Were the Court to ignore this context, it would also be disregarding the context of some of its most important recent precedent. For example, statutory and constitutional claims were side by side in its 2003 decision in Grutter v. Bollinger, where the challenge to the Michigan Law School's admissions policy as violating the Fourteenth Amendment's ban on race discrimination was brought together with a statutory claim under Title VI.

As weighty as the legal arguments are that Congress intended for Title IX to add to, and not subtract from, the existing constitutional remedy, these pleadings are superseded by the reality of continuing gender discrimination in education. The National Women's Law Center's amicus brief is a disturbing compendium of the sad facts. Girls in high school are still being clustered into "traditional women's occupations," such as cosmetology. Women students in college are still being discouraged from pursuing math and science, with the percentage of females obtaining undergraduate degrees in these areas having plateaued at around 20%. The stereotyping in curricula, in turn, leads to lower earning potential. When educational doors to even basic jobs like maintenance and repair occupations are closed to women, wage differentials of $800 per week are not uncommon.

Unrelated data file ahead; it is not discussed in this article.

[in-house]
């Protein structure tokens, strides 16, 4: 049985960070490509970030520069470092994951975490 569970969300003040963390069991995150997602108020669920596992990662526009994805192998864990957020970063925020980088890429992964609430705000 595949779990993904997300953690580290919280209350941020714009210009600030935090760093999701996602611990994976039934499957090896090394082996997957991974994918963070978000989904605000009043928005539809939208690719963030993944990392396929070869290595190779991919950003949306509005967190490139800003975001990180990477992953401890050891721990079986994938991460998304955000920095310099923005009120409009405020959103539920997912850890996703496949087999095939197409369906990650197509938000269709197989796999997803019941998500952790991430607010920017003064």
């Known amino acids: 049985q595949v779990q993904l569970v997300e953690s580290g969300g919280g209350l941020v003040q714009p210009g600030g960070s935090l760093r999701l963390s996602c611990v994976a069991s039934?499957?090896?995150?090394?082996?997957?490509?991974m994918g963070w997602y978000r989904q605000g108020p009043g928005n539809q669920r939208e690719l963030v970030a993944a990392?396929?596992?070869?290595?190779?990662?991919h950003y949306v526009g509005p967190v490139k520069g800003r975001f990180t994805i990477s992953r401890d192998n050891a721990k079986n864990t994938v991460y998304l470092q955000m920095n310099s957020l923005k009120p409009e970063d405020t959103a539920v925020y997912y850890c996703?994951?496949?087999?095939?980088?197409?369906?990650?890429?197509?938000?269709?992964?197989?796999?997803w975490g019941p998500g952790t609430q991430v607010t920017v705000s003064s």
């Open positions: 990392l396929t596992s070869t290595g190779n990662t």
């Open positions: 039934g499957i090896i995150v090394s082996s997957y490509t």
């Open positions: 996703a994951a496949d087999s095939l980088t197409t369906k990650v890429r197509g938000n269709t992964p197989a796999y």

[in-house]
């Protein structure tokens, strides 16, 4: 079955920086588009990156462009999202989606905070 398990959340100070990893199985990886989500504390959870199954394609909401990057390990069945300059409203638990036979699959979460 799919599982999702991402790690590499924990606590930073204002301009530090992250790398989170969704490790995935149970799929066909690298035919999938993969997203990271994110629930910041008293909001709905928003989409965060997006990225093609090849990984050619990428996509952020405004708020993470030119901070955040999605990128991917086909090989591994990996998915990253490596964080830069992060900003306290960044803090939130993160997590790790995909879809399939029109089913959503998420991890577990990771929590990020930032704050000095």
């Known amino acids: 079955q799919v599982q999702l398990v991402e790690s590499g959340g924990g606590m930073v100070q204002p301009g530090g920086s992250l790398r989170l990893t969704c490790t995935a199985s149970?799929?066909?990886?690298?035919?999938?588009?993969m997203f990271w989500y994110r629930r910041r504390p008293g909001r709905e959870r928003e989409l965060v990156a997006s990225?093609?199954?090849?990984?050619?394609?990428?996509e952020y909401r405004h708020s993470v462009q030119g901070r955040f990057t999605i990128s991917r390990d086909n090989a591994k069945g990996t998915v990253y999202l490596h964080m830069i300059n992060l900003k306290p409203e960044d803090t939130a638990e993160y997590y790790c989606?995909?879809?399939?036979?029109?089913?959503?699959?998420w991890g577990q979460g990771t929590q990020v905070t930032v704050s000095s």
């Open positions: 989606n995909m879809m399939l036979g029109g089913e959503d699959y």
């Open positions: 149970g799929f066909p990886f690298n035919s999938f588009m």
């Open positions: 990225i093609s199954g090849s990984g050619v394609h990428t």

And closer to the ugly facts of this case, the problem of harassment require full redress. Female harassment at college continues unabated. A 2006 study of college campuses done for the AAUW found that 62% of female students reported harassment. The study - by Catherine Hill and Elena Silva - is entitled "Drawing the Line: Sexual Harassment on Campus" and can be found here: www.aauw.org/research/upload/DTLFinal.pdf. (The statistics at issue can be found on page 31.) Sixteen percent of those students who reported harassment said that it was so severe that it interfered with their ability to study and focus on class work. Twenty-seven percent of the same group reported that because of harassment, they had stayed away from particular places on campus.

While Justices Roberts and Alito May Well Surprise Some Observers By Recognizing Both Remedies, the Bush Justice Department's Silence Is Inexcusable